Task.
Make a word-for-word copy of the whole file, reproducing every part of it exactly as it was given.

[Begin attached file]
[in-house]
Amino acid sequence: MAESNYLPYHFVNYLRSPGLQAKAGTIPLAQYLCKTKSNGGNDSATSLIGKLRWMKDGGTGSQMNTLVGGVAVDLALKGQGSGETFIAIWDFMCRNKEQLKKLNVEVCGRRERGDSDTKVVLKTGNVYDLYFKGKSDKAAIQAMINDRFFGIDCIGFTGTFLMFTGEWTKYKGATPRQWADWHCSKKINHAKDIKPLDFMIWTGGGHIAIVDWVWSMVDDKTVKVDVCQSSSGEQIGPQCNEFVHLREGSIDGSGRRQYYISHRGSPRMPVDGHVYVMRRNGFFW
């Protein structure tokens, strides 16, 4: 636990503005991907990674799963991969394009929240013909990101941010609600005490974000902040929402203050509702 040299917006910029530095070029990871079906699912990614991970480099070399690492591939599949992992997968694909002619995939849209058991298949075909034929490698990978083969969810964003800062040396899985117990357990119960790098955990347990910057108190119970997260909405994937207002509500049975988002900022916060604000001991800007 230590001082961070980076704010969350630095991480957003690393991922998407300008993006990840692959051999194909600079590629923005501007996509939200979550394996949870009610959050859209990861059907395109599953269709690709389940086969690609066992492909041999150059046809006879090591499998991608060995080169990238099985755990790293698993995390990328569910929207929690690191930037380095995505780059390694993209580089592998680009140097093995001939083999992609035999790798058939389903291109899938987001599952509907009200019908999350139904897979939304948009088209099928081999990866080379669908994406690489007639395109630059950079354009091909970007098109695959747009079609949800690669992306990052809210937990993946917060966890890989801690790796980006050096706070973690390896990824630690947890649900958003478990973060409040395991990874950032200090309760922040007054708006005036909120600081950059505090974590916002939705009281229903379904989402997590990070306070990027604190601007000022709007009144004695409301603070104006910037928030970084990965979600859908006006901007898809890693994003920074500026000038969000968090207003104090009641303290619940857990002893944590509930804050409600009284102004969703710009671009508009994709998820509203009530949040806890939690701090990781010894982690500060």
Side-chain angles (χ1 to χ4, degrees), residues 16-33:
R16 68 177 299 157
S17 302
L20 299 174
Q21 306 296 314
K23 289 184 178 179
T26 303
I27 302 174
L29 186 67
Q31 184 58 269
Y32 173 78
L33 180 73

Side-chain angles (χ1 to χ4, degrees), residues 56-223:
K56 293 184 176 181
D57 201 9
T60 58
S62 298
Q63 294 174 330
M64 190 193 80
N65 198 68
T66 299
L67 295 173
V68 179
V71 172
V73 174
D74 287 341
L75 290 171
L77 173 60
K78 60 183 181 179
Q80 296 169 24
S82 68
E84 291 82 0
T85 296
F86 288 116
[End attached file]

[in-house]
Amino acid sequence: MAESNYLPYHFVNYLRSPGLQAKAGTIPLAQYLCKTKSNGGNDSATSLIGKLRWMKDGGTGSQMNTLVGGVAVDLALKGQGSGETFIAIWDFMCRNKEQLKKLNVEVCGRRERGDSDTKVVLKTGNVYDLYFKGKSDKAAIQAMINDRFFGIDCIGFTGTFLMFTGEWTKYKGATPRQWADWHCSKKINHAKDIKPLDFMIWTGGGHIAIVDWVWSMVDDKTVKVDVCQSSSGEQIGPQCNEFVHLREGSIDGSGRRQYYISHRGSPRMPVDGHVYVMRRNGFFW
């Protein structure tokens, strides 16, 4: 636990503005991907990674799963991969394009929240013909990101941010609600005490974000902040929402203050509702 040299917006910029530095070029990871079906699912990614991970480099070399690492591939599949992992997968694909002619995939849209058991298949075909034929490698990978083969969810964003800062040396899985117990357990119960790098955990347990910057108190119970997260909405994937207002509500049975988002900022916060604000001991800007 230590001082961070980076704010969350630095991480957003690393991922998407300008993006990840692959051999194909600079590629923005501007996509939200979550394996949870009610959050859209990861059907395109599953269709690709389940086969690609066992492909041999150059046809006879090591499998991608060995080169990238099985755990790293698993995390990328569910929207929690690191930037380095995505780059390694993209580089592998680009140097093995001939083999992609035999790798058939389903291109899938987001599952509907009200019908999350139904897979939304948009088209099928081999990866080379669908994406690489007639395109630059950079354009091909970007098109695959747009079609949800690669992306990052809210937990993946917060966890890989801690790796980006050096706070973690390896990824630690947890649900958003478990973060409040395991990874950032200090309760922040007054708006005036909120600081950059505090974590916002939705009281229903379904989402997590990070306070990027604190601007000022709007009144004695409301603070104006910037928030970084990965979600859908006006901007898809890693994003920074500026000038969000968090207003104090009641303290619940857990002893944590509930804050409600009284102004969703710009671009508009994709998820509203009530949040806890939690701090990781010894982690500060």
Side-chain angles (χ1 to χ4, degrees), residues 16-33:
R16 68 177 299 157
S17 302
L20 299 174
Q21 306 296 314
K23 289 184 178 179
T26 303
I27 302 174
L29 186 67
Q31 184 58 269
Y32 173 78
L33 180 73

Side-chain angles (χ1 to χ4, degrees), residues 56-223:
K56 293 184 176 181
D57 201 9
T60 58
S62 298
Q63 294 174 330
M64 190 193 80
N65 198 68
T66 299
L67 295 173
V68 179
V71 172
V73 174
D74 287 341
L75 290 171
L77 173 60
K78 60 183 181 179
Q80 296 169 24
S82 68
E84 291 82 0
T85 296
F86 288 116